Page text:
Inspirational Quotes

"I have learned that people will forget what you said; people will forget what you did, but people will never forget how you made them feel."

--Maya Angelou

"Live as if your were to die tomorrow. Learn as if you were to live forever. You must learn to be still in the midst of activity and be vibrantly alive in repose."

--Gandhi

Sexual Masochism

Over a period of at least 6 months, recurrent, intense sexually arousing fantasies, sexual urges, or behaviors involving the act (real, not simulated) of being humiliated, beaten, bound, or otherwise made to suffer.

The fantasies, sexual urges, or behaviors cause clinically significant distress or impairment in social, occupational, or other important areas of functioning.

Masochistic acts that may be sought with a partner include spanking, whipping, beating, electrical shocks, cutting, "pinning and piercing" (infibulation), and humiliation (e.g., being urinated or defecated on, being forced to crawl and bark like a dog, or being subjected to verbal abuse). Forced cross-dressing may be sought for its humiliating associations.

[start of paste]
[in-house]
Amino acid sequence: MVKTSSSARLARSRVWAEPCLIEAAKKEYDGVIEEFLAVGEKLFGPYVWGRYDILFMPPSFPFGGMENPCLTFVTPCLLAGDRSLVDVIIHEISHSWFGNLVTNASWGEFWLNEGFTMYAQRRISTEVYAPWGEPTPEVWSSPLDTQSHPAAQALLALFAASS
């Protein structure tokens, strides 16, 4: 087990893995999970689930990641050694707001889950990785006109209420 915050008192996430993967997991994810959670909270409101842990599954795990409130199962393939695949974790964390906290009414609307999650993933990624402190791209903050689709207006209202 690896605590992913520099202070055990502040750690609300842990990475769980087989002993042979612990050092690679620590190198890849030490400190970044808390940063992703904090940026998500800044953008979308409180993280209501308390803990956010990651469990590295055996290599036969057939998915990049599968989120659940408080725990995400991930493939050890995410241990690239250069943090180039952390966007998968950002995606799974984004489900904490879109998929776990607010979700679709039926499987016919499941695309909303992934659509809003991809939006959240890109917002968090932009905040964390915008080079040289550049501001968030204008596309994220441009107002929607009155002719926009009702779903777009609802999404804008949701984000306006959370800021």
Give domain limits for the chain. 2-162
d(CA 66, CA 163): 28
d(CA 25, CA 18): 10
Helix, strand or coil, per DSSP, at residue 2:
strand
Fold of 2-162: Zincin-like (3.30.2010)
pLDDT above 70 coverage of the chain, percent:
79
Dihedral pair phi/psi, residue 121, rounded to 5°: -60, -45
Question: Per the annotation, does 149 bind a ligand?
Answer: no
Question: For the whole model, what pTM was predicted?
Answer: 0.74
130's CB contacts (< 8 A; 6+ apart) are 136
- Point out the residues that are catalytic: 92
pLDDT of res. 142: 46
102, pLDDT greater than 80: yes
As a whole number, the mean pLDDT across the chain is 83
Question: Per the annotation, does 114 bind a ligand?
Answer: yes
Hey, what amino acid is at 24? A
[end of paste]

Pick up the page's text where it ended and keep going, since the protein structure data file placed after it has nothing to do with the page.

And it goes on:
The individual may have a desire to be treated as a helpless infant and clothed in diapers ("infantilism") and/or engage in a dangerous form of Sexual Masochism, called "hypoxyphilia," which involves sexual arousal by oxygen deprivation obtained by means of chest compression, noose, plastic bag, or mask.

    Associated Features

    Some males with Sexual Masochism also have Fetishism, Transvestic Fetishism , or Sexual Sadism.

      Course

      Masochistic sexual fantasies are likely to have been present in childhood. Sexual Masochism is usually chronic, and the person tends to repeat the same masochistic act. Some individuals with Sexual Masochism may engage in masochistic acts for many years without increasing the potential injuriousness of their acts. Others, however, increase the severity of the masochistic acts over time or during periods of stress, which may eventually result in injury or even death

        Diagnostic criteria summarized from:

        American Psychiatric Association. (1994). Diagnostic and statistical manual of mental disorders, fourth edition. Washington, DC: American Psychiatric Association.



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